I’m Just Sayin’, We Can Do Better: Why People Should Stop Questioning Drake’s Masculinity

October 11, 2013  |  

Ever since the release of Drake’s Nothing Was the Same album, the Internet has been awash with memes calling his masculinity into question.

You might have seen one or two – or several: There are the various memes making light of the NWTS album cover art, which features a split illustration of Drake as an afro-headed child and as an adult rapper (the original), but set it against a blissful blue sky with Care Bears and some rainbows in the background. Don’t forget about the other memes, which have superimposed Drake’s head onto a box of tampons. Just about everyone has a joke about how NWTS is the equivalent of taking bubble baths and writing old flames “miss me” letters. And then there are the personal favorites, the Drake is the type of dude/n*gga…:

…If You Say Your Exes Name 3 times in the Mirror, Drakes Appears and Cries With You

…to Get Nudes from a Girl, photoshop them with clothes on, send them back to to her, talking about, “I’m jus saying you can do better…”

…to eat two gummy bears at the same time so they don’t have to die alone.

…who cries on Maury because he is not the father.

It’s funny to people because Drake is soft, thus less of a man. At least, that’s what the people who make these Drake-is-soft jokes and memes are trying to insinuate and want us to remember. For all intents and purposes, the album has been hailed by critics as his most “self-aware” to date. The album itself, particularly its artwork, hints at some serious introspection about his evolution from boy into manhood. This introspection makes the self-proclaimed light-skinned Keith Sweat of rap atypical of the rough and tough, mean mugging, gangsta leaning, ho-smacking, “real ni**a,” which makes up the Hip-Hop landscape. For all intents and purposes, this should be a good thing.

However, it is clear that the general public still has an aversion to rappers who talk about their feelings and emotions. It’s clear, based on the tone of the laughter from these memes, that rappers are not supposed to go through heartache or understand unrequited love. Real dudes aren’t supposed to cry. Real dudes aren’t vulnerable. Real dudes have many uninvolved emotional conquests. Those who step out of the mold are instantly disregarded as effeminate or gay. We stifle the free emotional expression of men to the point where more gentile and homosexual men aren’t even included in the definition of “masculinity.”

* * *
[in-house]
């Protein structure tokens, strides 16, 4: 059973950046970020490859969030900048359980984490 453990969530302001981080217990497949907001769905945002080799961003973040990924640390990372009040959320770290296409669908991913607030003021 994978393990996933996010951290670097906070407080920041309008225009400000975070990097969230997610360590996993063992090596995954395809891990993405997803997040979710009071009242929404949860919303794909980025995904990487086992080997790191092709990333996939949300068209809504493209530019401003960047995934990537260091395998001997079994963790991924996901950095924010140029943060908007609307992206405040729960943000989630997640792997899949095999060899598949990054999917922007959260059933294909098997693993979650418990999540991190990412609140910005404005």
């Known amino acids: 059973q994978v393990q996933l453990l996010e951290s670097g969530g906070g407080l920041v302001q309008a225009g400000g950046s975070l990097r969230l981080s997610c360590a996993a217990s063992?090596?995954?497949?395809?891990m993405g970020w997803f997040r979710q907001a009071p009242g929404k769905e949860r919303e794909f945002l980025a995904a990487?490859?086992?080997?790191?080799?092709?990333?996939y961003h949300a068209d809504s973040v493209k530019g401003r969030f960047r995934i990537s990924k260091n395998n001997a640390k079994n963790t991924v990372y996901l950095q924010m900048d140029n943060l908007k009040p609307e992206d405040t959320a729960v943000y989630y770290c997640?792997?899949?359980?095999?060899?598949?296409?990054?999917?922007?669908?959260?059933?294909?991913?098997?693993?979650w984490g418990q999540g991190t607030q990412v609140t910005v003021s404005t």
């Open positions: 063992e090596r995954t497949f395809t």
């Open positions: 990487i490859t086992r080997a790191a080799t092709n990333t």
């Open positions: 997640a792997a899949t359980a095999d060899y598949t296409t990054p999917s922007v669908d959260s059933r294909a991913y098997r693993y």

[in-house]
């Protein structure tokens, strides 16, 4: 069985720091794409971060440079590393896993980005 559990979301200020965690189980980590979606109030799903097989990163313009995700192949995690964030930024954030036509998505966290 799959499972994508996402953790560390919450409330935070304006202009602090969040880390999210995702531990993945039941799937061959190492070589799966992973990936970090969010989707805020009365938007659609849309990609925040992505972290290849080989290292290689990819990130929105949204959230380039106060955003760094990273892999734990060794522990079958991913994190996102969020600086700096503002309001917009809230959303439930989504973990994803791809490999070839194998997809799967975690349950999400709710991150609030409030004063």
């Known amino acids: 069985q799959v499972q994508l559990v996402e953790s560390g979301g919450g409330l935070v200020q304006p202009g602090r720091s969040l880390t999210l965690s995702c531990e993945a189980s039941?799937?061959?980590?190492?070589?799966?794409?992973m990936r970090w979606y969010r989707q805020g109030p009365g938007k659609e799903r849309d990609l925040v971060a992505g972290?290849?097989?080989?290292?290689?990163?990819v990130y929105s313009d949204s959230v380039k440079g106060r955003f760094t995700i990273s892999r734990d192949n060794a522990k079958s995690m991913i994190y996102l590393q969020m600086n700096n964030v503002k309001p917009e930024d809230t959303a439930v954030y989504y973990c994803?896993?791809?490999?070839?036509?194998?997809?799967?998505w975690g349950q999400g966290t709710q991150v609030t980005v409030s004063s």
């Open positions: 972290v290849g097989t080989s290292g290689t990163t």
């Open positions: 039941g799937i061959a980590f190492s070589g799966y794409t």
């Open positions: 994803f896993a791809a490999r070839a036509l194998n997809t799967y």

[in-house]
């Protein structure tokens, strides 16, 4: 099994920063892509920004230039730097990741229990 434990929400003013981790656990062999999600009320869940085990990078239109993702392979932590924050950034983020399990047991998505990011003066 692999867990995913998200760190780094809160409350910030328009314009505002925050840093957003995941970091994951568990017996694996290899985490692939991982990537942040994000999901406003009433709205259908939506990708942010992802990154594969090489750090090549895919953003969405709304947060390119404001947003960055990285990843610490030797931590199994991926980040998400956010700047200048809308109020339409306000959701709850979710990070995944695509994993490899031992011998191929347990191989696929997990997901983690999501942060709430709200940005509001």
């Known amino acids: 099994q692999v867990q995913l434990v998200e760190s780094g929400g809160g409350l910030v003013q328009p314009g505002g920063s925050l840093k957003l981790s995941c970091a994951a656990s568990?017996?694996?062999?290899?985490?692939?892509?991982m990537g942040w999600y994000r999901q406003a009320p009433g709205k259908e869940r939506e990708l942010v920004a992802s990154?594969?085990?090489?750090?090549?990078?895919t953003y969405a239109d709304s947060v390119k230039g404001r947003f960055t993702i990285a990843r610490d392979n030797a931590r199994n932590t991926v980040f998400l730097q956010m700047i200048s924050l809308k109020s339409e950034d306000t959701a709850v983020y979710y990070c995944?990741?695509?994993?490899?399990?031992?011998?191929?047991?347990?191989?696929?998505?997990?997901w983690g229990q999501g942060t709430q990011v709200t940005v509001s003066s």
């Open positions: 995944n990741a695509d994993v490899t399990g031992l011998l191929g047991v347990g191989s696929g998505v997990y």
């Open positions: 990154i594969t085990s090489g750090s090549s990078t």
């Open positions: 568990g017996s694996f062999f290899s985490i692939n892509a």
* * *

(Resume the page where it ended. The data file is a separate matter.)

In a community where men are desperate to be seen as masculine and hard at all times, we help to perpetuate these narrow ideas of what is acceptable masculinity. And we, as the general consumers of this music, cynically pass around those memes and say these jokes, as subtle but definite ways of reinforcing destructive ideas that the only love worth sharing is for money and Maybachs.

However nothing is further from the truth, as illustrated by this interview with Rosalind Wiseman, author of Masterminds and Wingmen: Helping Our Boys Cope with Schoolyard Power, Locker-Room Tests, Girlfriends, and the New Rules of Boy World:

The thing that really disturbs me is that there are so many wonderful dads, who want the best for their sons, who aren’t having conversations with their sons about healthy relationships or acknowledging that they will fall in love. Falling in love in high school is a huge adrenaline rush–it’s got intense highs and lows. Your heart can break, you can be betrayed. It’s horrible, and you don’t know what to do, or you wonder if you’ll ever have a girlfriend. These are things that all boys struggle with, but even really good dads don’t have conversations that acknowledge that experience. And then there are a lot of other fathers whose relationship advice is limited to this type of scenario (told to me by the boys themselves):  A very attractive 18-year-old woman walks by and the dad nudges his son and says, “Go get that.” Great young men want to have rich emotional lives, but everywhere they turn, people are forcing them to live the stereotype of being a sexist, not-caring, emotionally disengaged, superficial guy. It’s amazing because we turn around and get angry with them when they go over the line, without acknowledging what we do as adults that stifles and silences and shuts boys up from being emotionally engaged people.”

Honestly, I wouldn’t at all call myself a fan of Drake. Artistically, I’m just not that impressed outside of a tune here or there. Likewise, some of his themes, while spoken in more gentile ways, are equally problematic as his more aggressive rap counterparts. With that said, I can also appreciate the emotional rawness he is willing to reveal and bare on his tracks. Sometimes a dude just gets into his feelings. And as a society, who is interested in curbing the more destructive aspects of repressed masculinity, we should kind of be more open to that. Otherwise, we are chastising rappers for being degrading and violent, even when we give them so little space to express anything else.

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